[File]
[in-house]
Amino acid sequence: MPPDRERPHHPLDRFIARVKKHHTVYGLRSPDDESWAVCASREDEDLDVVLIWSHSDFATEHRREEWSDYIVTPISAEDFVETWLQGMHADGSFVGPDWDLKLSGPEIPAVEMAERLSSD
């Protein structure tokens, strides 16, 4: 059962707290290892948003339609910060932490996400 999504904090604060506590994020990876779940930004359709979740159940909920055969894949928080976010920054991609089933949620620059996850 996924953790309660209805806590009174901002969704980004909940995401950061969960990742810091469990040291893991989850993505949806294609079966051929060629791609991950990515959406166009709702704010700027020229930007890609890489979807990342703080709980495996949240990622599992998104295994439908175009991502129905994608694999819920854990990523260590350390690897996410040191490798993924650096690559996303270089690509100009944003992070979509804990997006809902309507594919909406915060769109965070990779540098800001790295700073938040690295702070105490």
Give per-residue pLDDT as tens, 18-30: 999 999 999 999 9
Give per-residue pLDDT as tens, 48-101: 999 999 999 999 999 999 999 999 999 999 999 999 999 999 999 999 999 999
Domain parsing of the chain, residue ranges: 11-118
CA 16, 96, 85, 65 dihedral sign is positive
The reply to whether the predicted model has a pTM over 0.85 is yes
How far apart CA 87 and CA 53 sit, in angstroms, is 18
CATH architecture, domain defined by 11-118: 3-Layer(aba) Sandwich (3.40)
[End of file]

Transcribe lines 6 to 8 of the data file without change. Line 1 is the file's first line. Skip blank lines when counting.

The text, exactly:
Domain parsing of the chain, residue ranges: 11-118
CA 16, 96, 85, 65 dihedral sign is positive
The reply to whether the predicted model has a pTM over 0.85 is yes